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Streaming Music LogosHere is a rundown of what the streaming services have been up to lately:

Beats Music — No news directly from Beats or Apple – lots of speculation. Reports say Beats may be combined with iTunes Radio in 2015. It’s also reported they are negotiating with music companies to lower the monthly subscription to $4.99.

Tidal — Meanwhile, Tidal is going the other way with price. They launched in the U.S. with a $19.99 per month subscription price, for lossless ‘high fidelity’ streaming music.

Spotify — they’re trying a family plan. Add 4 extra accounts for half the price ($4.99).

Google Play Music All Access — incorporated their recent acquisition Songza. Now they offer mood and activity based playlists for paying subscribers.

Rdio — Raised the audio quality to 320 kbps AAC across their entire catalog.

Rhapsody — Because of growth this last year, they’ve appointed an interim CEO David Hose.

Deezer — launched in U.S. offering only their ‘high resolution’ premium audio through partnerships with Sonos and Bose speaker manufacturers.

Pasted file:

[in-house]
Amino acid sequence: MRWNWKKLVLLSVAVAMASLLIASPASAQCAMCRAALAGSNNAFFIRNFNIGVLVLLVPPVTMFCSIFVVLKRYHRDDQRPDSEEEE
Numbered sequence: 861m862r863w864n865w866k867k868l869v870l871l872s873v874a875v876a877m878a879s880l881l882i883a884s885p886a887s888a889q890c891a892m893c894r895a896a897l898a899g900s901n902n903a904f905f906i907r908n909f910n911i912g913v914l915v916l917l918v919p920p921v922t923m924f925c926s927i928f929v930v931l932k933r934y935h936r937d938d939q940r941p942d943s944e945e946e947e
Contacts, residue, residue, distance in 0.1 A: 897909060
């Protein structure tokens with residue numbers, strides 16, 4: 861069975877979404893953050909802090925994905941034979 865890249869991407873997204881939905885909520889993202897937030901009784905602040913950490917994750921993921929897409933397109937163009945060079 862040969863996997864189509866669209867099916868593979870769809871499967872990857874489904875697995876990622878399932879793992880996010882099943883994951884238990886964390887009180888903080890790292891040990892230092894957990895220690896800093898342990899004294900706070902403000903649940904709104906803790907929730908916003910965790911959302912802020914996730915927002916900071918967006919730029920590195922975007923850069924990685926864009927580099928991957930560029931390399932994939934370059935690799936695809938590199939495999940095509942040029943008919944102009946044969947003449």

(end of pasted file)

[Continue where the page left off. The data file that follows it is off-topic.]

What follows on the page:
Pandora — Recently posted numbers: 77 million active users. 5 billion listener hours. $240 million in revenue, a 42% increase year over year. Results suggest rapid growth phase is over.

iTunes Radio — Other than speculation of Beats Music merging into it, Ian Rogers is now in charge of iTunes Radio and Beats Music.

Xbox Music — is ending free streaming and free radio on December 1. Subscription only going forward.

You Tube Music (or whatever they may call it) — CEO Susan Wojcicki is optimistic that others will see the new service soon.

SoundCloud — has reached critical mass and is in negotiations to license music from music companies. They also released ‘On Soundcloud‘, a partner program with creators to monetize their music.

Sony Music Unlimited — Streaming music is not popular yet in Japan, yet it is Sony Music Unlimited’s strongest market.

iHeart Radio — app connects with Apple’s CarPlay feature on CarPlay equipped cars.